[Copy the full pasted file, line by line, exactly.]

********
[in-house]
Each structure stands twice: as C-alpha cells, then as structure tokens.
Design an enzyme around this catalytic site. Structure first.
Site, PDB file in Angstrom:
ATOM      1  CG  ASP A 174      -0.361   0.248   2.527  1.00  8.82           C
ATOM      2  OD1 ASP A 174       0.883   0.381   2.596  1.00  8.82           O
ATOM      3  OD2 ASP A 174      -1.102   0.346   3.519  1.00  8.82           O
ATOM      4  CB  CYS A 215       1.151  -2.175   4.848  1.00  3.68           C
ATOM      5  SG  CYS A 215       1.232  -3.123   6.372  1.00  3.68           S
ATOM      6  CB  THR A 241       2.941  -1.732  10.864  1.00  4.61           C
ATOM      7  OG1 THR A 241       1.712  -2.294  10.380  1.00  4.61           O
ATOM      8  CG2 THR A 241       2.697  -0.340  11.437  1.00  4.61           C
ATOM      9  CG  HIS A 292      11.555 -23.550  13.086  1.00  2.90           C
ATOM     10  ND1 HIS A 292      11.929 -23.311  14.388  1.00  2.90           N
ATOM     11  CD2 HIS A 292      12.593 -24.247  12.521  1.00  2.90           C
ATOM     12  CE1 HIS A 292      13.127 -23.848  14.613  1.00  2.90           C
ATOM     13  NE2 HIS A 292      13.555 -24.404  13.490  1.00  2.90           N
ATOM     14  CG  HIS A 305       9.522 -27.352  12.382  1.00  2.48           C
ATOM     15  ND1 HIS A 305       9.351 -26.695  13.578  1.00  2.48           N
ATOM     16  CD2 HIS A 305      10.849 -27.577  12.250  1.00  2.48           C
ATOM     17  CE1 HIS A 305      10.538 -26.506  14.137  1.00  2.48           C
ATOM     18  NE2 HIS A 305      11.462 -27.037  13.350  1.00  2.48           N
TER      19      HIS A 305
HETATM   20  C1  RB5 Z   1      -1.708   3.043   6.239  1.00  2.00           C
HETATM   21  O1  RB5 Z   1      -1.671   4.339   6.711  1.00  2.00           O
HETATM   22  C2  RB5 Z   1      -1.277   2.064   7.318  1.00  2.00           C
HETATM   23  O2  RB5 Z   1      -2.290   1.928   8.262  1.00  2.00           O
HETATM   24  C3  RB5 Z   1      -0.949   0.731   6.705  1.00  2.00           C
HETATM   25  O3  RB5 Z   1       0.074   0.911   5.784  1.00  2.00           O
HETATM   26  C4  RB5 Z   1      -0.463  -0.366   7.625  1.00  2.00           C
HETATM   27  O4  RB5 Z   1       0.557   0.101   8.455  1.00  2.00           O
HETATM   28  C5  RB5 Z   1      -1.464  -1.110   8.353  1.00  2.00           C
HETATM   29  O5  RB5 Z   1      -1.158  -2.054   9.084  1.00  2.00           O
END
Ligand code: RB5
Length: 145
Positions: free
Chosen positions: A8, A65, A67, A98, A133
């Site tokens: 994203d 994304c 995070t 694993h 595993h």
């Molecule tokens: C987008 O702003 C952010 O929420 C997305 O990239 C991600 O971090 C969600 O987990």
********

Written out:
[in-house]
Each structure stands twice: as C-alpha cells, then as structure tokens.
Design an enzyme around this catalytic site. Structure first.
Site, PDB file in Angstrom:
ATOM      1  CG  ASP A 174      -0.361   0.248   2.527  1.00  8.82           C
ATOM      2  OD1 ASP A 174       0.883   0.381   2.596  1.00  8.82           O
ATOM      3  OD2 ASP A 174      -1.102   0.346   3.519  1.00  8.82           O
ATOM      4  CB  CYS A 215       1.151  -2.175   4.848  1.00  3.68           C
ATOM      5  SG  CYS A 215       1.232  -3.123   6.372  1.00  3.68           S
ATOM      6  CB  THR A 241       2.941  -1.732  10.864  1.00  4.61           C
ATOM      7  OG1 THR A 241       1.712  -2.294  10.380  1.00  4.61           O
ATOM      8  CG2 THR A 241       2.697  -0.340  11.437  1.00  4.61           C
ATOM      9  CG  HIS A 292      11.555 -23.550  13.086  1.00  2.90           C
ATOM     10  ND1 HIS A 292      11.929 -23.311  14.388  1.00  2.90           N
ATOM     11  CD2 HIS A 292      12.593 -24.247  12.521  1.00  2.90           C
ATOM     12  CE1 HIS A 292      13.127 -23.848  14.613  1.00  2.90           C
ATOM     13  NE2 HIS A 292      13.555 -24.404  13.490  1.00  2.90           N
ATOM     14  CG  HIS A 305       9.522 -27.352  12.382  1.00  2.48           C
ATOM     15  ND1 HIS A 305       9.351 -26.695  13.578  1.00  2.48           N
ATOM     16  CD2 HIS A 305      10.849 -27.577  12.250  1.00  2.48           C
ATOM     17  CE1 HIS A 305      10.538 -26.506  14.137  1.00  2.48           C
ATOM     18  NE2 HIS A 305      11.462 -27.037  13.350  1.00  2.48           N
TER      19      HIS A 305
HETATM   20  C1  RB5 Z   1      -1.708   3.043   6.239  1.00  2.00           C
HETATM   21  O1  RB5 Z   1      -1.671   4.339   6.711  1.00  2.00           O
HETATM   22  C2  RB5 Z   1      -1.277   2.064   7.318  1.00  2.00           C
HETATM   23  O2  RB5 Z   1      -2.290   1.928   8.262  1.00  2.00           O
HETATM   24  C3  RB5 Z   1      -0.949   0.731   6.705  1.00  2.00           C
HETATM   25  O3  RB5 Z   1       0.074   0.911   5.784  1.00  2.00           O
HETATM   26  C4  RB5 Z   1      -0.463  -0.366   7.625  1.00  2.00           C
HETATM   27  O4  RB5 Z   1       0.557   0.101   8.455  1.00  2.00           O
HETATM   28  C5  RB5 Z   1      -1.464  -1.110   8.353  1.00  2.00           C
HETATM   29  O5  RB5 Z   1      -1.158  -2.054   9.084  1.00  2.00           O
END
Ligand code: RB5
Length: 145
Positions: free
Chosen positions: A8, A65, A67, A98, A133
């Site tokens: 994203d 994304c 995070t 694993h 595993h």
């Molecule tokens: C987008 O702003 C952010 O929420 C997305 O990239 C991600 O971090 C969600 O987990």